Fokker T.III

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T.III
Fokker T.III.jpg
Role Torpedo bomber and bomber
National origin Netherlands
Manufacturer Fokker-Flugzeugwerke
First flight Summer 1923
Primary user Aviação Naval Portuguesa
Number built 5[1]

The Fokker T.III or T.3 was a single engine floatplane designed in the Netherlands in the early 1920s as a bomber or torpedo bomber.

Design and development[edit]

Fokker's second torpedo bomber was an enlarged version on the T.II from two years before. With a slightly greater span and 30% heavier, it had a crew of three rather than two and a more powerful engine. Its floats could be exchanged for a wheeled undercarriage. It first flew in the summer of 1923.[1]

The T.III was a cantilever low wing monoplane with thick section, straight tapered, square tipped wings. Angular overhung ailerons were used. Its fuselage was flat topped and sided and deep from tail to nose. The three crew sat in tandem, separate, open oval cockpits, with the forward two close together over the wing and fitted with dual control.[2] The third cockpit was spaced further away behind the trailing edge and fitted with two machine guns, one on a conventional mounting firing upwards and the other firing downwards through the fuselage underside. The rear cockpit also held the two release levers for 50 kg (110 lb) and for 100 kg (220 lb) bombs.[3] The braced tailplane was mounted on top of the fuselage and carried horn-balanced elevators. In plan the tail was straight tapered and square tipped, with a large cut-out for rudder movement.[1][2] There were several variations of the vertical tail though in all the rudder was straight edged and balanced. Some had no fin, with the rudder finishing at the keel and with a nick above the fuselage,[1][2] another similar but with a rudder extension to below the keel[3] and another still with a very short fin and small dorsal fillet but no fin extension.[1][3]

Several different engines were fitted.[2] A standard engine was a 450 hp (300 kW) Napier Lion water-cooled W-12. An alternative was the 360 hp (270 kW) Rolls-Royce Eagle IX water-cooled V-12 engine.[4] Both drove a four blade propeller. The two engines had similar metal cowlings, differing externally only in the number and position of the exhaust pipes (3×4 on the Lion, 2×6 on the Eagle) and the lower output shaft of the Eagle.[1][2]

The T.III's alternative undercarriages were both fixed, with the two legs independent of each, avoiding the cross bracing which would have interfered with the bomb or torpedo release. Each mainwheel was on a horizontal axle supported at the outer end by a longitudinal V-strut from the wing underside. There were two more pairs of Vs, one fixed below the wing and the other on the lower fuselage, angled towards each other to support the inner end of the axle. A tailskid completed the undercarriage.[2] The T.III's twin float undercarriage projected just forward forward of the nose. The floats were mounted on the fuselage by two sets of N-struts, with diagonal transverse bracing between them, on each float.[1] Both wood and aluminium floats were available. Fitting floats added 243 kg (536 lb) to the unladened weight and reduced the maximum speed by 11 km/h (7 mph).[2]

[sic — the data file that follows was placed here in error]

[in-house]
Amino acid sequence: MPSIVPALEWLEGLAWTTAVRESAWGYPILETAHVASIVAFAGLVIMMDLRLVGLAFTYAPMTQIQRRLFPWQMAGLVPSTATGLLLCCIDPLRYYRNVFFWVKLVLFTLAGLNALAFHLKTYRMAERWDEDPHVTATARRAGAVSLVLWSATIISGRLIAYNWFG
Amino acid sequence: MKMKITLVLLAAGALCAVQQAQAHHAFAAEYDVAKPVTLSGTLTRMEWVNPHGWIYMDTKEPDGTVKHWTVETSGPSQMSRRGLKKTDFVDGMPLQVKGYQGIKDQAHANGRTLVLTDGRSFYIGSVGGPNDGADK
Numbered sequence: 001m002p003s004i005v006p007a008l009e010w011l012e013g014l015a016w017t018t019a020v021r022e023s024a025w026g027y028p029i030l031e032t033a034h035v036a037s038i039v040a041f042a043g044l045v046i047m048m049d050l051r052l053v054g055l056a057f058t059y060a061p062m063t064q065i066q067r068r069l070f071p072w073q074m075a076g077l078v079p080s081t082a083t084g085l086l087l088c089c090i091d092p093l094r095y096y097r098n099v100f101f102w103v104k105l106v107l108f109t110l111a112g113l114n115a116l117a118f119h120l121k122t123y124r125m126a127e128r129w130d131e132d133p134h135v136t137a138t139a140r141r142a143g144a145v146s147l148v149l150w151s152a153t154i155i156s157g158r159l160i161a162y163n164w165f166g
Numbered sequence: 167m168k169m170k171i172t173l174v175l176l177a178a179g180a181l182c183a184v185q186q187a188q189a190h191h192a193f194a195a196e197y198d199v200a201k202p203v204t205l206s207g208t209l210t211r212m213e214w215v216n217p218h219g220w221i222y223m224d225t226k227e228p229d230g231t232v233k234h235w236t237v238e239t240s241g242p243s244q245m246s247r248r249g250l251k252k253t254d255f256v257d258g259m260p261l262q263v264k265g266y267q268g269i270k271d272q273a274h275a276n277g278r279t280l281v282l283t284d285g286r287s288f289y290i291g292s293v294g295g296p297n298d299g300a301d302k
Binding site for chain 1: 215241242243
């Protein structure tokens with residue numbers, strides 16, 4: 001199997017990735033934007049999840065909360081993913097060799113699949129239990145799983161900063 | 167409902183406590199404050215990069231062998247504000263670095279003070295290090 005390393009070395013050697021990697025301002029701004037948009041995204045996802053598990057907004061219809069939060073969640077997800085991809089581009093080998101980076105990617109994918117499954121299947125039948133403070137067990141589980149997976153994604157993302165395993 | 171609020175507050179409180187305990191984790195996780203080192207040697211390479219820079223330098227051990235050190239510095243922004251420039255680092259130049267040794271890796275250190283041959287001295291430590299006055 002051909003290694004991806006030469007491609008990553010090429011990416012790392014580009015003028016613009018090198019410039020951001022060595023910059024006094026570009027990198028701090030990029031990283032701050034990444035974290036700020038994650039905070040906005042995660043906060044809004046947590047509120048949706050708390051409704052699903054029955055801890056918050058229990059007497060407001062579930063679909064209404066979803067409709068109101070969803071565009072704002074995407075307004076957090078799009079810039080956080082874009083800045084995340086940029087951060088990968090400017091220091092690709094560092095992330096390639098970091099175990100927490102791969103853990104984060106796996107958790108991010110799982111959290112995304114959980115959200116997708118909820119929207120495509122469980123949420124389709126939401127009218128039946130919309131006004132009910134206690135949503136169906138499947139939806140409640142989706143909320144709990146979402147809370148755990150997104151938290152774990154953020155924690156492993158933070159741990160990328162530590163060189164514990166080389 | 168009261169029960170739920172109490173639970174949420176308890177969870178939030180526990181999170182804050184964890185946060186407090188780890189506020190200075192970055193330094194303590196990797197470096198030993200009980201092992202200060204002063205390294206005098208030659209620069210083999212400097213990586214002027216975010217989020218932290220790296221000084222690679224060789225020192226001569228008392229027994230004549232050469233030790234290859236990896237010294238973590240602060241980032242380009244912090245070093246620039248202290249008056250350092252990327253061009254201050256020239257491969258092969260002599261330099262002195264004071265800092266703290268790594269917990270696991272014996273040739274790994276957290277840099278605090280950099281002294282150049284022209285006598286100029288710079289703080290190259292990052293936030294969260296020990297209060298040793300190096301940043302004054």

Operational history[edit]

Early in 1924 the Portuguese Naval Aviation (Aviação Naval Portuguesa) ordered five T.IIIs to replace their ageing Tellier T.3 flying boats. The first Fokker flew to Portugal at the end of August, though with a stop at Bordeaux after about nine hours flying to rectify fuel problems. It had a wheeled undercarriage and an Eagle engine. Another F.III was crated out but when the remaining three left Schellingwoude one of them, with its crew of two, was lost in fog over the sea near Brest, Fance.[1][4]

The Portuguese had originally seen the Fokkers as vehicles for world wide flight but these did not proceed. The remaining T.IIIs served the Portuguese Navy as reconnaissance aircraft until 1928, when they were replaced by CAMS 37A amphibians.[1]

Variants[edit]

T.III
Landplane bomber.
T.IIIW
Floatplane torpedo bomber. Wheels and floats were interchangeable.

Operators[edit]

 Portugal

Specifications (Lion engine, landplane)[edit]

Data from Hegener[2]

General characteristics

  • Crew: Three
  • Length: 14.08 m (46 ft 2 in)
  • Wingspan: 21.20 m (69 ft 7 in)
  • Height: 3.39 m (11 ft 1 in)
  • Empty weight: 2,331 kg (5,140 lb)
  • Gross weight: 3,319 kg (7,317 lb)
  • Max takeoff weight: 4,339 kg (9,565 lb)
  • Powerplant: 1 × Napier Lion water-cooled W-12, 340 kW (450 hp)
  • Propellers: 4-bladed

Performance

  • Maximum speed: 169 km/h (105 mph; 91 kn)

Armament

  • Two machine guns in rear cockpit.
  • At least 3×100 kg (220 lb) and 1×50 kg (110 lb) bombs together.[3]

References[edit]

  1. ^ a b c d e f g h i Wesselink, Theo; Postma, Thijs (1982). De Nederlandse vliegtuigen. Haarlem: Romem. p. 36. ISBN 90 228 3792 0. 
  2. ^ a b c d e f g h Hegener, H (1961). Fokker, the man and his aircraft. pp. 128–9, 205. ISBN 0 8168 6370 9. 
  3. ^ a b c d Postma, Thijs (1980). Fokker - Aircraft Builders to the World. London: Jane's. p. 50. ISBN 0 7106 0059 3. 
  4. ^ a b "A fine flight ...". Flight XVI (38): p.575. 18 September 1924.